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Cosmo

Successfully Transplanting Volunteer Dwarf Sabal Minor

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Cosmo

So I came across some volunteer Dwarf SM. They range anywhere from one/2 strap leaves to three very small fronds. I know those of any size are nearly impossible to transplant because of the subterranean trunk but what about the juvenile ones. Any consensus of size limit before it's better to just leave them where they are.

Thanks

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NorthFlpalmguy

The S. minors I grow from seed aren't too hard to transplant while stepping up in pots. The problem with S. minors is from a really young age they grow a deep initial root. I'd say it's worth a shot with at least the 1-2 strap seedlings.

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Scot from SC

I transplant my one and two leaf volunteers. The trick even with young ones is to go deep. I take a shovel even though to a lot of people that would seem too much. I dig the small ones up in a shovel full of dirt. The excess dirt usually falls away and the root stays intact. Good luck.

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Cosmo

So if the nursery owner will take ten bucks and let me dig up the volunteers popping up all around his containers it would be worth my time and effort? These survivors have got to have some tuff genetics. The containers are set on compacted caliche road base and are thriving. I'm curious if the trunk went horizontal more so than vertical since any excess moisture would be under the container. I'm really more interested in those that are growing in stuff that doesn't even qualify as soil.

Plan 2 is to go up in another month or so and stuff my pockets with the seed when it gets ripe. Tons of seed stalks on these things.

Plan 3 is to buy a container with some of the seedlings in them.

Since they aren't growing in the wild it won't do any damage to the natural habitat so it comes down giving the nursery owner the opportunity to say no and nothing ventured nothing gained.

Edited by Cosmo

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The7thLegend

I agree they aren't hard to transplant as a 1-2 strap leaf seedling. I plucked and potted several that are doing well.

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DreaminAboutPalms

I just went and dug up five tiny strap leaf seedlings, ones maybe 6 inches tall. I dug up like a cubic foot around them so I didn't damage the roots. I have them potted in deep pots now. Any tips?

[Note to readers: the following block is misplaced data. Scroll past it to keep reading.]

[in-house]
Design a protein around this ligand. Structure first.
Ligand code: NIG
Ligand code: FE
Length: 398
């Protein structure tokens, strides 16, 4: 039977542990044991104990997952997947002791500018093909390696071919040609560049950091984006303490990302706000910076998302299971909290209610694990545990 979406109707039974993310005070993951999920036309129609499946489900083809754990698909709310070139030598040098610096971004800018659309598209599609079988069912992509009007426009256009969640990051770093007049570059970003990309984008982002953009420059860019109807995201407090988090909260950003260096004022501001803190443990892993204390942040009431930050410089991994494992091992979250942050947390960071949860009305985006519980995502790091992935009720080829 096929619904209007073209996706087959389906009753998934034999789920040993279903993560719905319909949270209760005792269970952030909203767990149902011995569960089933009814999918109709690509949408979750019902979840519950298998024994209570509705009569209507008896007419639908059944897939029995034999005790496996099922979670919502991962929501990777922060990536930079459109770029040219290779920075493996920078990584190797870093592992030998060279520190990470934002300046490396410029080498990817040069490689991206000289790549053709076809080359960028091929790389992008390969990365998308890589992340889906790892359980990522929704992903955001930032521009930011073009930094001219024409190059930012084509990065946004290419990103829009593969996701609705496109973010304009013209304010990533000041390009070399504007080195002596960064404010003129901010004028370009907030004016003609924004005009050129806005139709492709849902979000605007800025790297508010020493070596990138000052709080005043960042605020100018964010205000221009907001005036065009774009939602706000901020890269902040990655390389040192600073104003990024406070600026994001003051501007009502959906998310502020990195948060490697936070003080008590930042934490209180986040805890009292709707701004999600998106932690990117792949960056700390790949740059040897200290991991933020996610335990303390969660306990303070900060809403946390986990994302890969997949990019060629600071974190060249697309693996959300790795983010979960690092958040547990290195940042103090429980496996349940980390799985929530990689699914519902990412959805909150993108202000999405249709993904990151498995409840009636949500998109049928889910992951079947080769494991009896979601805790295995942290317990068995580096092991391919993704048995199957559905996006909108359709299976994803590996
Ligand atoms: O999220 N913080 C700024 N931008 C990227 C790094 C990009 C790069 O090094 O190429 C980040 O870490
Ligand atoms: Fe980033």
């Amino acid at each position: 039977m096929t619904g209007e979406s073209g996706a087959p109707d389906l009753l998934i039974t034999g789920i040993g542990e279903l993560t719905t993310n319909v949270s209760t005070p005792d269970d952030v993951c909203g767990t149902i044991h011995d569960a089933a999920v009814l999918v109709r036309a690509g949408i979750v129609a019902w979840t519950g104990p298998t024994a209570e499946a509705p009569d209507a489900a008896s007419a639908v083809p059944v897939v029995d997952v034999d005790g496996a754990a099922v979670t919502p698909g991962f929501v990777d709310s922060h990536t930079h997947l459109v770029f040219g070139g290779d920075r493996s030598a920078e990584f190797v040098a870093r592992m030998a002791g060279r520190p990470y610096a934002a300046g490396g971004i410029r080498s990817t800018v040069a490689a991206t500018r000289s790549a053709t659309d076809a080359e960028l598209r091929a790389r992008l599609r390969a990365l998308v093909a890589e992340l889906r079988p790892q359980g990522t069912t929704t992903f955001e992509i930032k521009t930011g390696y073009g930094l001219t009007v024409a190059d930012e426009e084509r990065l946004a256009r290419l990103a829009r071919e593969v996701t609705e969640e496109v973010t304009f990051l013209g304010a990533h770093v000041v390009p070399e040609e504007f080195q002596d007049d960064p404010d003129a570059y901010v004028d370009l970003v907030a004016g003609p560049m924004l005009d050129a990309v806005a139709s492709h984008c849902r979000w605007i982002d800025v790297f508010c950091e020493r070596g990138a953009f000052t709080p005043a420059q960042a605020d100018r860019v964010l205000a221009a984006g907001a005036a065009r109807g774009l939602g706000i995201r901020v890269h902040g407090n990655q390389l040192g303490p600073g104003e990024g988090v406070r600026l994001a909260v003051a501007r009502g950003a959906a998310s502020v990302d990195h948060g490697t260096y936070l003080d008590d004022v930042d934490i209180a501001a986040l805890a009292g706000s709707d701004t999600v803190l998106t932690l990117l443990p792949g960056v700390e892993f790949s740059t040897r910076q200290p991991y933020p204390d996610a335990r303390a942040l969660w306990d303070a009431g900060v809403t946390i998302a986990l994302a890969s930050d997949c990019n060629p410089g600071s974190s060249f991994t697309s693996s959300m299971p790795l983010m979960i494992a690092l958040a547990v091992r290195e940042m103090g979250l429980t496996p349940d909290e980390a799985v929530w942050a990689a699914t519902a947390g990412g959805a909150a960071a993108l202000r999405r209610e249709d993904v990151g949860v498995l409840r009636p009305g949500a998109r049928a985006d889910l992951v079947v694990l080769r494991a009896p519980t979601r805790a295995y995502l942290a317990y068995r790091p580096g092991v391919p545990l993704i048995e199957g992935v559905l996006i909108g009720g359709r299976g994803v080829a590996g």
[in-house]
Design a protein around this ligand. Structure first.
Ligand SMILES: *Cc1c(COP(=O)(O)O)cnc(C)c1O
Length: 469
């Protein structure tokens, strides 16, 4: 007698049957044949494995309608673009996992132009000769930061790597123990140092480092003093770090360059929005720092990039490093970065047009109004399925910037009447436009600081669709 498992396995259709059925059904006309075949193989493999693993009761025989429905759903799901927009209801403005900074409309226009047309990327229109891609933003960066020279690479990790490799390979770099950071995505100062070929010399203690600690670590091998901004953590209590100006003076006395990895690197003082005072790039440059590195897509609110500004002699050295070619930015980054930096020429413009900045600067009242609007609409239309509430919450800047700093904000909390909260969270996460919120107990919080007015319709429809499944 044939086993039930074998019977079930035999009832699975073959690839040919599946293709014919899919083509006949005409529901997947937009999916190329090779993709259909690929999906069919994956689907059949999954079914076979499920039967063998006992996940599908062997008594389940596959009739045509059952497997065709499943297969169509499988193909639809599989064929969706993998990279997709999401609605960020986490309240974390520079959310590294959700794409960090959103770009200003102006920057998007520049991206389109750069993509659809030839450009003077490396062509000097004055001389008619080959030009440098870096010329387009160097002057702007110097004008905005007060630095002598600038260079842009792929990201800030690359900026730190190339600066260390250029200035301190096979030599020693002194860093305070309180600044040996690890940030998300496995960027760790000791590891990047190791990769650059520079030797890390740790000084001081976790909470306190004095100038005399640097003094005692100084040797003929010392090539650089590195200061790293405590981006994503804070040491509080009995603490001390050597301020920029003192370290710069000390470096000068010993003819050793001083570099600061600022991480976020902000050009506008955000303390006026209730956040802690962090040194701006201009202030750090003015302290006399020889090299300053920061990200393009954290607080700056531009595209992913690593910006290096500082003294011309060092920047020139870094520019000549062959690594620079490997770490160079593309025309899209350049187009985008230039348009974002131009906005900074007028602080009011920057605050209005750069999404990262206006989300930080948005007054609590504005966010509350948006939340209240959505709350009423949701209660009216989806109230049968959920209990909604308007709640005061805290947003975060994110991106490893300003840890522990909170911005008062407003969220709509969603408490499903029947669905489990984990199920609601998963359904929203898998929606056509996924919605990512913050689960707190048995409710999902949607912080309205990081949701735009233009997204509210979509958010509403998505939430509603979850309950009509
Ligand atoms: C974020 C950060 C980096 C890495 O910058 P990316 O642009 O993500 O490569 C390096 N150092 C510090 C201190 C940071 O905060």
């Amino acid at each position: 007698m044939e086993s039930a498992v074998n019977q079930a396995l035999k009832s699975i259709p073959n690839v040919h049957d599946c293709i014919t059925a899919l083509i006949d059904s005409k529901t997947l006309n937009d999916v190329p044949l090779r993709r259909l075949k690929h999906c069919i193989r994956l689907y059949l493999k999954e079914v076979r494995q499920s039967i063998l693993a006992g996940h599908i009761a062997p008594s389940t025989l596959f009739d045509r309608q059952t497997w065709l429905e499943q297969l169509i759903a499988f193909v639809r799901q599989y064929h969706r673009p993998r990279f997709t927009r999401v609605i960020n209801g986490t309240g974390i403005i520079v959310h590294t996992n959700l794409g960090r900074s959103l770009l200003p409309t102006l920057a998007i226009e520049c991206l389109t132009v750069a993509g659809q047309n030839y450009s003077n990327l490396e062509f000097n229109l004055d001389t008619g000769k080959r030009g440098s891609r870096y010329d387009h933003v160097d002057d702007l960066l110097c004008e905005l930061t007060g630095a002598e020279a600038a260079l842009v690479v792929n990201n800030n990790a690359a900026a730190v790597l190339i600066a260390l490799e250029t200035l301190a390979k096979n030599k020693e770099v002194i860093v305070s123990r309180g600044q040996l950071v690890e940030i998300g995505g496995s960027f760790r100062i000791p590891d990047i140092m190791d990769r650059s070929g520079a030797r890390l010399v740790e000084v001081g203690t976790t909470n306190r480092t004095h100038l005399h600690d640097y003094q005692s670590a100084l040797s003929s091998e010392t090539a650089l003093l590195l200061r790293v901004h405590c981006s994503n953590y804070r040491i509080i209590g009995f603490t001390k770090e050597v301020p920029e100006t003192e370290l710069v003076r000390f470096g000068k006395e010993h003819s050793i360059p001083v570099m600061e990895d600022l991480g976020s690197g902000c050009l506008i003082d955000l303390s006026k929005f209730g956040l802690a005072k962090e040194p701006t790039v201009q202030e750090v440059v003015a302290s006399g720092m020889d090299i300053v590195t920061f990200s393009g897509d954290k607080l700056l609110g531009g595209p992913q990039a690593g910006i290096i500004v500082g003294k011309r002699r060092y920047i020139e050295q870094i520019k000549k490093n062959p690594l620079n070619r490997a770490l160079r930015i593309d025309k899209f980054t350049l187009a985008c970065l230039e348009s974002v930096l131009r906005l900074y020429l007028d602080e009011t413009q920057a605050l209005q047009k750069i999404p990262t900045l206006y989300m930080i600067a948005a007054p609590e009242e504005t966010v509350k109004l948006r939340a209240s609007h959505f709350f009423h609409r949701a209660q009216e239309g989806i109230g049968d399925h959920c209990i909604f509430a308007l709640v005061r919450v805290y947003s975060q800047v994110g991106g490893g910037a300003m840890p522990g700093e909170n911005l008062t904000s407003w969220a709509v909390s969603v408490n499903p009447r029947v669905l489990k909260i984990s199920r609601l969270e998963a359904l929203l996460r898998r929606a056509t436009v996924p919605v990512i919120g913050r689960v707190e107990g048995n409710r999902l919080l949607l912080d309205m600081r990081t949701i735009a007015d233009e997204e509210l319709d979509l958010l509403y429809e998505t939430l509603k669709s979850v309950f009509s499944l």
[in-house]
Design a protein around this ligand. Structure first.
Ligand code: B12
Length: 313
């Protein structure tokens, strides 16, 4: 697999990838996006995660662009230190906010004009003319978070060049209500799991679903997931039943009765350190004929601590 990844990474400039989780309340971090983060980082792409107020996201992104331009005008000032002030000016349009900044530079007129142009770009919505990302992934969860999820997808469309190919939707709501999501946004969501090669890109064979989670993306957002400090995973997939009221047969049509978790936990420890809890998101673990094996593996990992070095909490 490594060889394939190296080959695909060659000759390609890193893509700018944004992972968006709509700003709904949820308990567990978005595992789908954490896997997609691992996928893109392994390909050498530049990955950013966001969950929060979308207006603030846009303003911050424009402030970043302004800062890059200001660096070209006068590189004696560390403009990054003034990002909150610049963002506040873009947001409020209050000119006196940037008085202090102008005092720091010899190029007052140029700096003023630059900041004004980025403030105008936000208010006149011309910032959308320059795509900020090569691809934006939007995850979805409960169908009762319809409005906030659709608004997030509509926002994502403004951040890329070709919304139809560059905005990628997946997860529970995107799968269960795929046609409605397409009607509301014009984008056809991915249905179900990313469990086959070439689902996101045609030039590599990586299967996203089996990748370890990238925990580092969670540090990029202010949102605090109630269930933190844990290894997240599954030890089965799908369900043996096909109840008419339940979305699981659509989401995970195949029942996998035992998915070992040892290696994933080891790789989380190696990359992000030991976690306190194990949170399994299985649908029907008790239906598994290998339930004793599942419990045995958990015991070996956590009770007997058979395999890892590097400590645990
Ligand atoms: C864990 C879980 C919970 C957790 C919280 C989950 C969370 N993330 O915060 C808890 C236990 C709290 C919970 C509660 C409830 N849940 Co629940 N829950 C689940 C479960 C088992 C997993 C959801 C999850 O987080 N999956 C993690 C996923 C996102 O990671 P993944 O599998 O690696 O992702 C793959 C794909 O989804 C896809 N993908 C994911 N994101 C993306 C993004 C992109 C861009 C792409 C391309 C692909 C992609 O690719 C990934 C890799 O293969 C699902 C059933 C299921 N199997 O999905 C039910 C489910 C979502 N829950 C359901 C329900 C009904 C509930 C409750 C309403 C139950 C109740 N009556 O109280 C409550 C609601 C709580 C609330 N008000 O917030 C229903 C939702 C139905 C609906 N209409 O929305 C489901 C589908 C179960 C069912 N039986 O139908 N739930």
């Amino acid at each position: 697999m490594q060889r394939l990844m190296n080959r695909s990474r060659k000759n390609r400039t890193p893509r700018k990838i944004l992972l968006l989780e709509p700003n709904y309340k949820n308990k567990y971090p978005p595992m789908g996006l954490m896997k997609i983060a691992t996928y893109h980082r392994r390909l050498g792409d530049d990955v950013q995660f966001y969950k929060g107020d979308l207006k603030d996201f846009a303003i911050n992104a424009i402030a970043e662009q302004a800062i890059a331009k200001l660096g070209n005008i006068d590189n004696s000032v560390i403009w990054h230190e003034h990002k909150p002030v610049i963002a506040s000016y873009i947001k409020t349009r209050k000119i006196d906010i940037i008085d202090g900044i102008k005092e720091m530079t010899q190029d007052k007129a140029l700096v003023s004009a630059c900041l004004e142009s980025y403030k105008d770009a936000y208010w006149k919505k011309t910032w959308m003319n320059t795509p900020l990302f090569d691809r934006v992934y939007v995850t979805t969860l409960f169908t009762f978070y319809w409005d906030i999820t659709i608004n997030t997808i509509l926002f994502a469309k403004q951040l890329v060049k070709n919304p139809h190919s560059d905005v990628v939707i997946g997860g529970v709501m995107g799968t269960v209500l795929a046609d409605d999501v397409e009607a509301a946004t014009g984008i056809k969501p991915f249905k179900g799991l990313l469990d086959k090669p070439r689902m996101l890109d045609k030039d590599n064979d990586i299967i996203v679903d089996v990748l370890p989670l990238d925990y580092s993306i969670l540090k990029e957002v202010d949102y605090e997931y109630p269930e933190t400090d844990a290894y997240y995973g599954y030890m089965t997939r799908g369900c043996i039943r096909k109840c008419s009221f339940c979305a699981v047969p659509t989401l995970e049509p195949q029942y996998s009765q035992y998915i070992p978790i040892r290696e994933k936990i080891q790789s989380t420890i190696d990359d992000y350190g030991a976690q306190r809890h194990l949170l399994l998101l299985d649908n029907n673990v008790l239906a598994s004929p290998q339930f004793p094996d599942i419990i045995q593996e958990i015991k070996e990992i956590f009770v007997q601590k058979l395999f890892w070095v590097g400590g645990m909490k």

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teddytn
1 hour ago, DreaminAboutPalms said:

I just went and dug up five tiny strap leaf seedlings, ones maybe 6 inches tall. I dug up like a cubic foot around them so I didn't damage the roots. I have them potted in deep pots now. Any tips?

Well draining mix, water, heat and patience 

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Joe NC
On 7/26/2015 at 9:45 PM, Cosmo said:

I know those of any size are nearly impossible to transplant

I have had pretty good luck transplanting Sabal minor of various sizes.  I am not sure why they have this reputation.  However, I think the key is not damaging the underground "trunk".  Any I had damaged the "trunk" on, did not survive.  I have even dug up a lager palmate minor (was a nightmare to get deep enough) and got hardly any roots.  It survived, but lost many fronds and didn't grow at all for a couple of years. 

I think the "sweet spot" for transplanting them, is when they have bifid strap leaves.  The "trunk" underground is not terribly deep yet, and is the diameter of a golf ball to an orange.  They might sulk for a year, but they will survive.  I have had a couple completely defoliate, but then start growing a couple years later.  After I completely forgot I had transplanted a sabal there, and assumed it was dead. 

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DreaminAboutPalms
On 7/4/2021 at 8:35 PM, teddytn said:

Well draining mix, water, heat and patience 

Success! 3 months later and all are now showing new spears. Even the unhealthy one

3B346DA4-1158-449D-8568-D0BAC89248BE.jpeg

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1C220ACA-76EE-467F-9277-1618F565B747.jpeg

65BF7FC8-51D4-4194-B67F-7B38E9E2C786.jpeg

223630DC-827E-4691-A864-31AE490502EC.jpeg

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teddytn

@DreaminAboutPalms that’s awesome! Most people say it can’t be done, but as long as the roots aren’t damaged it can be done. Happy for ya!

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